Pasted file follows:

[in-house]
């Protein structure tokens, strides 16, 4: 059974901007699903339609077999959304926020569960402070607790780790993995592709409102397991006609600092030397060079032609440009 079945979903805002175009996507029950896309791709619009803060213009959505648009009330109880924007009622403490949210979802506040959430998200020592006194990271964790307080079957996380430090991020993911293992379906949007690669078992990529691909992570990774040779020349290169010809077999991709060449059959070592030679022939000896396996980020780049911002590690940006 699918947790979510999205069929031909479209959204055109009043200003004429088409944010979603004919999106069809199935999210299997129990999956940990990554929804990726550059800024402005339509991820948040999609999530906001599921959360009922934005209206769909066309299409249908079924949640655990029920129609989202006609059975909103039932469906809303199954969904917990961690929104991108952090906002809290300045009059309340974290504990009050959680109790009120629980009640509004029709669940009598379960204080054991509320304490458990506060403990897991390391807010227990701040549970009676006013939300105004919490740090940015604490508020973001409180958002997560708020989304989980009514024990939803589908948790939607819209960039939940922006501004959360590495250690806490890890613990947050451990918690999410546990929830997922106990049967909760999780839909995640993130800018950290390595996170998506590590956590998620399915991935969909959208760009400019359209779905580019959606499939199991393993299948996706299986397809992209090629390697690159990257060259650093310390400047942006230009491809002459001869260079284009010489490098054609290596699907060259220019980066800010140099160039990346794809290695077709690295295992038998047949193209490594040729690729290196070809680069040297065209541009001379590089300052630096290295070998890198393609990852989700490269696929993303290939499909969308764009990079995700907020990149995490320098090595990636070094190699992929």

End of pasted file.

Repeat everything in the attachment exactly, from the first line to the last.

[in-house]
């Protein structure tokens, strides 16, 4: 059974901007699903339609077999959304926020569960402070607790780790993995592709409102397991006609600092030397060079032609440009 079945979903805002175009996507029950896309791709619009803060213009959505648009009330109880924007009622403490949210979802506040959430998200020592006194990271964790307080079957996380430090991020993911293992379906949007690669078992990529691909992570990774040779020349290169010809077999991709060449059959070592030679022939000896396996980020780049911002590690940006 699918947790979510999205069929031909479209959204055109009043200003004429088409944010979603004919999106069809199935999210299997129990999956940990990554929804990726550059800024402005339509991820948040999609999530906001599921959360009922934005209206769909066309299409249908079924949640655990029920129609989202006609059975909103039932469906809303199954969904917990961690929104991108952090906002809290300045009059309340974290504990009050959680109790009120629980009640509004029709669940009598379960204080054991509320304490458990506060403990897991390391807010227990701040549970009676006013939300105004919490740090940015604490508020973001409180958002997560708020989304989980009514024990939803589908948790939607819209960039939940922006501004959360590495250690806490890890613990947050451990918690999410546990929830997922106990049967909760999780839909995640993130800018950290390595996170998506590590956590998620399915991935969909959208760009400019359209779905580019959606499939199991393993299948996706299986397809992209090629390697690159990257060259650093310390400047942006230009491809002459001869260079284009010489490098054609290596699907060259220019980066800010140099160039990346794809290695077709690295295992038998047949193209490594040729690729290196070809680069040297065209541009001379590089300052630096290295070998890198393609990852989700490269696929993303290939499909969308764009990079995700907020990149995490320098090595990636070094190699992929």